He sipped on his hot chocolate and enjoyed the warmth yet he felt completely empty. Blank. He knew he at least be feeling something—maybe eagerness to get on the suicide track, or maybe anxiety, hesitation? He knew he should feel something along those lines, but he didn't. It was almost like he was shut down, and it was fine. He was always an emotional train wreck anyway, so he welcomed the change.
Leaves crunched under his leather boots as he stepped into the large cemetery; it was about their meeting time and Rin was always there before him anyway. Len wound through paths of headstones of different varieties until he found himself in the correct row. He slowed a little bit when he didn't see anyone sitting in front of a grave and with a quick glance around himself, he didn't see Rin anywhere.
Closing in, Len furrowed his eyebrows as he processed the fact that the grave was completely bare and clean—there were no marigolds littered about it, new or old. Rin always left them there until they died, bringing in fresh ones every day. He didn't understand.
Something tugged inside his chest and he swallowed it down, thinking the girl was probably just running late. Maybe she needed to take care of a few things before she died. And, if he repeated that to himself a few more times, Len could actually start to believe it.
Taking a deep breath that made his lungs hurt since the air was too chilly—too icy, the blond lowered himself down in front of the grave so he was sitting in his usual spot. He dug out a cigarette and lit it up while he continued to drink his beverage despite the fact that it was still scolding hot. It made him feel warmer on the inside as well as out, so he dealt with it.
He was still waiting for his companion.
Somewhere in the back of his mind he thought, maybe Rin backed out. Maybe the blond decided she wanted to live after all—maybe…maybe she already went and offed herself before Len. Maybe she decided to break their woven pact in general.
Len was starting to feel insecure and cheated, and by the evening he had gone through all his cigarettes and the butts were piled into his empty Styrofoam cup. He was huddled up in his scarf and coat, pressing his arms against himself, while he kept his gloved hands clasped together. He thought about giving up and going home, or heading down to the nearest bridge and pitching himself into the water. Alone.
After four hours of waiting, it became obvious that Rin was not going to show up. The sun was already setting, the temperature slowly dropping. He felt rejected.
"Hey, Len. You gotta go home."
The blond looked up, startled at hearing another human voice after hours of silence. Kaito was a few meters away, slowly making his way toward him with a frown set on his face.
"What…?" Len grunted out, and it sounded too rough to his ears.
"You gotta go home, or you'll catch a cold," Kaito stated simply as he approached the boy. "You've been here all day."
"Yeah," Len said and he winced a little as he moved to stand. His limbs felt stiff and achy from sitting in one position for so long in freezing weather. "Kaito-san, you know that girl that I'm always sitting with when I come here? Have you seen her at all today?"
The older man tilted his head a little to the side. "Who?"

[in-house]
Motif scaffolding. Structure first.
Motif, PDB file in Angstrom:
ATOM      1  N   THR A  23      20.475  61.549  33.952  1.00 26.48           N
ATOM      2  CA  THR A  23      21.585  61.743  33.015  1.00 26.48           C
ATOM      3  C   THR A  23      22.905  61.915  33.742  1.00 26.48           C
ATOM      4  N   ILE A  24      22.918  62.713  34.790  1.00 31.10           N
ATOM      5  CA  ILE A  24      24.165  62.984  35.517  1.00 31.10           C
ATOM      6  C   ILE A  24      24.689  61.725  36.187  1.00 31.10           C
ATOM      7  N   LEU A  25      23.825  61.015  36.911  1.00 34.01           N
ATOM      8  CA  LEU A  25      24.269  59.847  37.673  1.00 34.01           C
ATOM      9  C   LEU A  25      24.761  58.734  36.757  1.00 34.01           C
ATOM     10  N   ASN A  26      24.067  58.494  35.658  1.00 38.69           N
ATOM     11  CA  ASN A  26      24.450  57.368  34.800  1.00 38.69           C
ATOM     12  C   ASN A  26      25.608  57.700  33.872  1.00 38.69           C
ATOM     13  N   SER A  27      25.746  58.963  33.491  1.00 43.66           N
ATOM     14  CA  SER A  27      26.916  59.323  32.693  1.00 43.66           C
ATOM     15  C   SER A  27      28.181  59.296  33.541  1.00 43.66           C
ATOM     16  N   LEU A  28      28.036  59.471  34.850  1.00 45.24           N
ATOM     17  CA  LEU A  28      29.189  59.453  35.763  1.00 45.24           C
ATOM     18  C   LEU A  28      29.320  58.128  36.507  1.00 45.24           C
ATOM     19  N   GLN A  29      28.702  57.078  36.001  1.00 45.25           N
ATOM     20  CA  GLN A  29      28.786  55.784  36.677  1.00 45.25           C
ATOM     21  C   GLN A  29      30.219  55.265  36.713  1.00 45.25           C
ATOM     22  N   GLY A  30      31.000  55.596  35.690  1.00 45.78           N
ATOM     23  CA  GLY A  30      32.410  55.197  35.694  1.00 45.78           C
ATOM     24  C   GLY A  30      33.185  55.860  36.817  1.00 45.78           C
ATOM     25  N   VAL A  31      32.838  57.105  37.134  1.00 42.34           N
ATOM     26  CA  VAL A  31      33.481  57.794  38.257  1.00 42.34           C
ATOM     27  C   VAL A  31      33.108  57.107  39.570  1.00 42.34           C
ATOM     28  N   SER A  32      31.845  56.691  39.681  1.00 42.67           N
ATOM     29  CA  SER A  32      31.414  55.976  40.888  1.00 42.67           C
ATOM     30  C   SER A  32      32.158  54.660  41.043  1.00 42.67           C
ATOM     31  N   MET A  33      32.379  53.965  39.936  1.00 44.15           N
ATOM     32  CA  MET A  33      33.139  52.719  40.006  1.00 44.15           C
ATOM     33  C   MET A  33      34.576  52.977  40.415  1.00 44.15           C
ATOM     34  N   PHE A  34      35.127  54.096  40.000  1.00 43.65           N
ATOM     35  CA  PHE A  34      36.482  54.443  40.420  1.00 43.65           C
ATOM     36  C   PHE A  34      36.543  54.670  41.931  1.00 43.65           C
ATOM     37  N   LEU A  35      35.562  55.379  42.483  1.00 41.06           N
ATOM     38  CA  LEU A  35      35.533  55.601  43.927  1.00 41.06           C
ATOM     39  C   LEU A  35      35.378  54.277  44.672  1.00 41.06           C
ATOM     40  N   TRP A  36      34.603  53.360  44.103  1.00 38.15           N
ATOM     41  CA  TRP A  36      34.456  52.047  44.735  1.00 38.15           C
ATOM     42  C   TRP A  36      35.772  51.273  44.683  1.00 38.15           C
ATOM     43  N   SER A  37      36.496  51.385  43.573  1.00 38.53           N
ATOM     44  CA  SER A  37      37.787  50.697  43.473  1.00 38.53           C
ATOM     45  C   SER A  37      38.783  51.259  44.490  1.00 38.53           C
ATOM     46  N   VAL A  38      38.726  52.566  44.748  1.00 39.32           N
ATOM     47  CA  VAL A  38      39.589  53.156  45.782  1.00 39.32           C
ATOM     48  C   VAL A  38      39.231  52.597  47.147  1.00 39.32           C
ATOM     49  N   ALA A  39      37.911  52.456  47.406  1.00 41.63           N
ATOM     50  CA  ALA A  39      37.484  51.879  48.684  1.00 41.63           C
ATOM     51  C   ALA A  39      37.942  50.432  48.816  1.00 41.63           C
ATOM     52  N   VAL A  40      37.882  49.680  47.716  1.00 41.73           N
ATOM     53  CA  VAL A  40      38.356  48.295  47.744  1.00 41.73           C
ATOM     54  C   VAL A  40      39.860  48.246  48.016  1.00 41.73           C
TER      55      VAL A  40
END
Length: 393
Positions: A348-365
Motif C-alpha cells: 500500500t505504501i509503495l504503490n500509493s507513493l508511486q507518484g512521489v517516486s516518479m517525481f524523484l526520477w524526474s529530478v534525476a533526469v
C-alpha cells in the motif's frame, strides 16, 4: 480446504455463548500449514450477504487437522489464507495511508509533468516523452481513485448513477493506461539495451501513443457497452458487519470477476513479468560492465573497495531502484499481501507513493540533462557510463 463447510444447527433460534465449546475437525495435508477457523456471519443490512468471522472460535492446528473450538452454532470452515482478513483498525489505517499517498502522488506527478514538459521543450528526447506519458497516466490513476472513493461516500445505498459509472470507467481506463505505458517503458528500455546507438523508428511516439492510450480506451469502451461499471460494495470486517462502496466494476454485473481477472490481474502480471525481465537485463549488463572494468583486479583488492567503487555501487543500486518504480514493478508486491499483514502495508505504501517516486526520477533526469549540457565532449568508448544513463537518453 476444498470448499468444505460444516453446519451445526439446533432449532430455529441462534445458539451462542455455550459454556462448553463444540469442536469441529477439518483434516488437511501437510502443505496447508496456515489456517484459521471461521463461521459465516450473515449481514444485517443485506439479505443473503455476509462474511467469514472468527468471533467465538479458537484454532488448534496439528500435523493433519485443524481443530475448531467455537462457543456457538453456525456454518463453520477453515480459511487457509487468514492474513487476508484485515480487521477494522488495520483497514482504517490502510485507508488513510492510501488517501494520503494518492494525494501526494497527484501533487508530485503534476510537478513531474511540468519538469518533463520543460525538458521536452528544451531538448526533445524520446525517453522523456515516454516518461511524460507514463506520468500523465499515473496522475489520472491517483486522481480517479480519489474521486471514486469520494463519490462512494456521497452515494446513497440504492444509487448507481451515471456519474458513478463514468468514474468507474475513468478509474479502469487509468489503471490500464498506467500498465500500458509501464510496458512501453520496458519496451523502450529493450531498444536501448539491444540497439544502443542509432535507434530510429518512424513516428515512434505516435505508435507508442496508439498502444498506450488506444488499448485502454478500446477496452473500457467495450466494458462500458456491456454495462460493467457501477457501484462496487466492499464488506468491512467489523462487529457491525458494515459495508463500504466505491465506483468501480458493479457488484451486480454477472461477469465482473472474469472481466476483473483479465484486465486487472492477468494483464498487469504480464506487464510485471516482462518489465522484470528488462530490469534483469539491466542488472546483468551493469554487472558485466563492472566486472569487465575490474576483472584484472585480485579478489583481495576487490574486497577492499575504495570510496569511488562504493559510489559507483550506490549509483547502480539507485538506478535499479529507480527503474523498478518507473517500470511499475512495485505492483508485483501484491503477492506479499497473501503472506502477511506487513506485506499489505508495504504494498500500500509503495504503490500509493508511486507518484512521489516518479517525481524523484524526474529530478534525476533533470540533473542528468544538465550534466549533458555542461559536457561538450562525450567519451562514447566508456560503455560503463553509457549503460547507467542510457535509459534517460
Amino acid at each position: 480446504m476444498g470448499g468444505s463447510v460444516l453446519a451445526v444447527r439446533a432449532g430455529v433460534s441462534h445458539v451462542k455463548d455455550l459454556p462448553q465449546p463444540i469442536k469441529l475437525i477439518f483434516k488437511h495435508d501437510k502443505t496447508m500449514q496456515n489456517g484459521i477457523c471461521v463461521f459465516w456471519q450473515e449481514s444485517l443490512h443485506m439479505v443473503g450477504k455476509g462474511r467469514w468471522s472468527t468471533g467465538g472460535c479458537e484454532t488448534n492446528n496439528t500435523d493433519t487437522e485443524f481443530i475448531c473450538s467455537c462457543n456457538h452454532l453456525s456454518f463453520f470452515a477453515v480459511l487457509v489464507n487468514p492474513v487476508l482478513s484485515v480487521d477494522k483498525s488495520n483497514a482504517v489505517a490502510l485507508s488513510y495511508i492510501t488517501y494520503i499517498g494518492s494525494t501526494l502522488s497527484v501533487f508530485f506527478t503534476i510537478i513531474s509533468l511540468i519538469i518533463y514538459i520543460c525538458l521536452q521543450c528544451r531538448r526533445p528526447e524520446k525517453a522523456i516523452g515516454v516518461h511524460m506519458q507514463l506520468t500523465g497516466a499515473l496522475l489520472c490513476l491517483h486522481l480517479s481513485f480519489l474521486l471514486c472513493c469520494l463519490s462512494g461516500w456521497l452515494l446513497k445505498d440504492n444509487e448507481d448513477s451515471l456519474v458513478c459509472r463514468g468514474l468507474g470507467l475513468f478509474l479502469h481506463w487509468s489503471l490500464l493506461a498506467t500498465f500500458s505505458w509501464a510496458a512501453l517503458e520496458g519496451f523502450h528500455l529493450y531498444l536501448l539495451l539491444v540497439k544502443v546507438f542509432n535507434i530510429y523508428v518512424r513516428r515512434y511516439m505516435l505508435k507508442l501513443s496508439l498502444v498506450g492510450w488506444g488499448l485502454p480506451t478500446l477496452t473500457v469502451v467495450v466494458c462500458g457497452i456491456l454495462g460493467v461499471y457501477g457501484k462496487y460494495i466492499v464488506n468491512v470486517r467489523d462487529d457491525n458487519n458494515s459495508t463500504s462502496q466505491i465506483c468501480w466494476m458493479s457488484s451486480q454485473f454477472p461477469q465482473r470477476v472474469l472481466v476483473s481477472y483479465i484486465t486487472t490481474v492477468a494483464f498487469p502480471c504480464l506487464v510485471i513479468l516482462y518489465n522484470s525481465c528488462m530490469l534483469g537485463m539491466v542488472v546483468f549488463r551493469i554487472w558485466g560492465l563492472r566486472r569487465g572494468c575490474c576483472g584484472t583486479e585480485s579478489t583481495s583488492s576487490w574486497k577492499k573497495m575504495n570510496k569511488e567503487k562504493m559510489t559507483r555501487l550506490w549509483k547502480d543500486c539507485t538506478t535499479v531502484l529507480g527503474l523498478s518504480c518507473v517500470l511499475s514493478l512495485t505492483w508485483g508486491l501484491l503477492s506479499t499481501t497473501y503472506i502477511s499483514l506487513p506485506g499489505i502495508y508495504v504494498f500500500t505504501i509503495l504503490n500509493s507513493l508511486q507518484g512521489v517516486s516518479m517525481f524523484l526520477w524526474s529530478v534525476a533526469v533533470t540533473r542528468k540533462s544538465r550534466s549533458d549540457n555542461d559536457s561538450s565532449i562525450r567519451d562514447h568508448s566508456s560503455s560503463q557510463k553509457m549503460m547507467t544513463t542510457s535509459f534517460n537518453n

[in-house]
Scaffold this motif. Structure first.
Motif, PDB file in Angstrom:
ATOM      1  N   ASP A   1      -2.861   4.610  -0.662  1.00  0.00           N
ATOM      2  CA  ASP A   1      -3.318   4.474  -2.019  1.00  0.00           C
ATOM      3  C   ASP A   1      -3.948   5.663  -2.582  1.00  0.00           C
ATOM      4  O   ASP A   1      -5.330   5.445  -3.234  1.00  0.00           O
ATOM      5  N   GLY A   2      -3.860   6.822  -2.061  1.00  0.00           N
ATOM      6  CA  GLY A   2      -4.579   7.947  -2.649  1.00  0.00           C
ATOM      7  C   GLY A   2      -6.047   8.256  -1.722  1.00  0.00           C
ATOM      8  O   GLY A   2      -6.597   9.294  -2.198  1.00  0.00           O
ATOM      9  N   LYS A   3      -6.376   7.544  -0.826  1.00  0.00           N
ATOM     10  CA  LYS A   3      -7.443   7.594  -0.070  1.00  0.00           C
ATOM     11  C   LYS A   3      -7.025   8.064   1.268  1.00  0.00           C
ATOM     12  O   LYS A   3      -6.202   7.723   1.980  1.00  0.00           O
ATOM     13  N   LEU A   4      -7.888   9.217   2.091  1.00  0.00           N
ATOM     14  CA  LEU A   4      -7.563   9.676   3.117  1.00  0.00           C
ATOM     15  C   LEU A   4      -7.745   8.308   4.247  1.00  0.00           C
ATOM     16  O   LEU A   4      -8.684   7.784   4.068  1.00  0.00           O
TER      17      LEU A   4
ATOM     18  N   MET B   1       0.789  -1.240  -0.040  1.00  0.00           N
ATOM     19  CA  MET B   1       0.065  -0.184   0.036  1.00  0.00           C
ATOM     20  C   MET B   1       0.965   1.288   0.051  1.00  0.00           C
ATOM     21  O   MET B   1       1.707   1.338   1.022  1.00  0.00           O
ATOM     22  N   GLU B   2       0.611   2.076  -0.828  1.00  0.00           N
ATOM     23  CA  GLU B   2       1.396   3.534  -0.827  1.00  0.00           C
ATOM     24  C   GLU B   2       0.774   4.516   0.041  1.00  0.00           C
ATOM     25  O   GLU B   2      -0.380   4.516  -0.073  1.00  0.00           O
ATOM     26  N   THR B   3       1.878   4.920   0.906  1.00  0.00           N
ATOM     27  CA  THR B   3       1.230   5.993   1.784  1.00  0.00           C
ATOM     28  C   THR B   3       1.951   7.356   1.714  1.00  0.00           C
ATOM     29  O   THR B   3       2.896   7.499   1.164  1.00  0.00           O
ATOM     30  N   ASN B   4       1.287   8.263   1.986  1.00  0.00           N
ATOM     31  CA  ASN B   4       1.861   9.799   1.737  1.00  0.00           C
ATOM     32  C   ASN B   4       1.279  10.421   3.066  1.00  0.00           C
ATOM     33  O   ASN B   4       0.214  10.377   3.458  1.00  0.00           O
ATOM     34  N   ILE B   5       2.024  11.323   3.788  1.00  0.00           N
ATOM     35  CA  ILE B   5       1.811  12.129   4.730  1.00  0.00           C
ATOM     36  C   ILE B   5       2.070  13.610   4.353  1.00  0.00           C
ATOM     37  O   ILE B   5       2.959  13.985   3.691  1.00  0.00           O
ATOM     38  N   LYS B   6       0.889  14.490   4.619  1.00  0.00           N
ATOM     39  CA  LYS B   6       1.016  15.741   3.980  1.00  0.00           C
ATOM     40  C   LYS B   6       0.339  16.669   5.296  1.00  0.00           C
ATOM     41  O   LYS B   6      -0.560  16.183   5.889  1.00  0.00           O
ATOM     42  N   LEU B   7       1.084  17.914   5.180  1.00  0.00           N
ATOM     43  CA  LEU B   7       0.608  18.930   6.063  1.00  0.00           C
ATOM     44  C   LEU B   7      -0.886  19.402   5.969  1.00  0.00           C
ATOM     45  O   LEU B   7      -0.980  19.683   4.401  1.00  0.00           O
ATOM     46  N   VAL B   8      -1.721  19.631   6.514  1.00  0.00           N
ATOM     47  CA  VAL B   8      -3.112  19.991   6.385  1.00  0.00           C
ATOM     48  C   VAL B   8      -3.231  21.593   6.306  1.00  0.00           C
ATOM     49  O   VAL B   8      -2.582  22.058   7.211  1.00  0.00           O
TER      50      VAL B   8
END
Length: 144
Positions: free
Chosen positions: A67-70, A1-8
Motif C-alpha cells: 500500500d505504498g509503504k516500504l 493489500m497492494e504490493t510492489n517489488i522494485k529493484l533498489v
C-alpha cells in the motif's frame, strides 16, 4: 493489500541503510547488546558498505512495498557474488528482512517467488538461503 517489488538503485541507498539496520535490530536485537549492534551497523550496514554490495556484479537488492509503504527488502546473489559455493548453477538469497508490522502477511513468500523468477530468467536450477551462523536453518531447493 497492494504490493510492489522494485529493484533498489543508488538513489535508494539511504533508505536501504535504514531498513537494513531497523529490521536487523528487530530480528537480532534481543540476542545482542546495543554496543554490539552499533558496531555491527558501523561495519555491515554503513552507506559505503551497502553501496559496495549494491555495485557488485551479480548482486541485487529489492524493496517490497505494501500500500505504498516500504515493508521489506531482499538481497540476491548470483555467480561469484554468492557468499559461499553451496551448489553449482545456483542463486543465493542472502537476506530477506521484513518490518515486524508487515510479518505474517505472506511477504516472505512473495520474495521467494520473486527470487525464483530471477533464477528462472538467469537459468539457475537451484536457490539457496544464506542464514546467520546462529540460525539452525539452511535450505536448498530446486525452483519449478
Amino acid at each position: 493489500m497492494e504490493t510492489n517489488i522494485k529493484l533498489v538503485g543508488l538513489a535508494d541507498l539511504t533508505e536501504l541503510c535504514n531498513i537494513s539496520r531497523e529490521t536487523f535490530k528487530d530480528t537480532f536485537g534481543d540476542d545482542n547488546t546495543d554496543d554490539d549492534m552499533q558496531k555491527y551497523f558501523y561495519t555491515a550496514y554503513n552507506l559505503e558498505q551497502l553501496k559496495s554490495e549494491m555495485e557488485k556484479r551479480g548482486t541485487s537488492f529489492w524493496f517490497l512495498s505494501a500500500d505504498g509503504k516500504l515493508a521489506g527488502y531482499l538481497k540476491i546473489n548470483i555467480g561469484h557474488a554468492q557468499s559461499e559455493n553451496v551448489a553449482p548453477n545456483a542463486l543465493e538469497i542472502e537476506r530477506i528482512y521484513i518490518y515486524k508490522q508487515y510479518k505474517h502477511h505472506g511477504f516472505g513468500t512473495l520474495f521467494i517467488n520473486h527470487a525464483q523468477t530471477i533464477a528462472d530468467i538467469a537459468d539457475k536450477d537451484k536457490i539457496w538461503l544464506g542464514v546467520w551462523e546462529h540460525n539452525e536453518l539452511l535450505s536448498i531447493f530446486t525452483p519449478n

"That girl—blond, pale, skinny?" he explained and he was getting frustrated quickly.
"You're always alone, Len," Kaito remarked. "You come here and visit your parents. You sit and stare at the headstone."
The blond sighed in irritation, soothing out his hair in a calming fashion with one of his gloved hands. He wouldn't take his anger out on the older man; it wasn't his fault Len's suicide friend was a flat out fucking liar. "No, I'm always with another girl my age. Her name's Rin."
Kaito studied him for a long moment before he spoke, "…Kagamine, Rin?"
"Yeah, I know, same last name. But how did you know?"
"Rin died two weeks ago. She's buried with her family over there." The blue haired man pointed over to the same hill Rin had motioned toward once before. Len just stared at him dumbstruck, the words almost sounding like some kind of really bad, sick joke, and Kaito caught on. "Come, you'll see," he stated, and took the blond by the arm so he could drag him over to the tree.
Len nearly tripped over himself in shock when he saw two graves, one with a tombstone clearly marked 'Rin Kagamine'. Sure enough, the date said two weeks had passed, and the dirt looked fresher than his family's grave. When he flicked his eyes to the other headstone, he read the names of her parents, marked with the same date his parents. He felt his world come to a screaming, sudden stop.
"Kaito-san…do you know…how Rin died?"
The older man nodded, though the action was lost to the blond. "She got into a car accident and her family and friends all died. She was so guilty that one week later she killed herself by drowning in a river."
Swallowing thickly as it all fell into place, Len didn't want to even begin to believe it. Rin was the one driving when his parents died. It not only killed them, but her family as well. The girl killed herself out of grief—she was the one on the news…and…
Len looked back up—back in the direction of his family's grave, and noticed a lone figure with a white hair place a bright orange marigold in its place. And he got it. He understood.
'It's easier to forgive someone else than it is to forgive yourself.'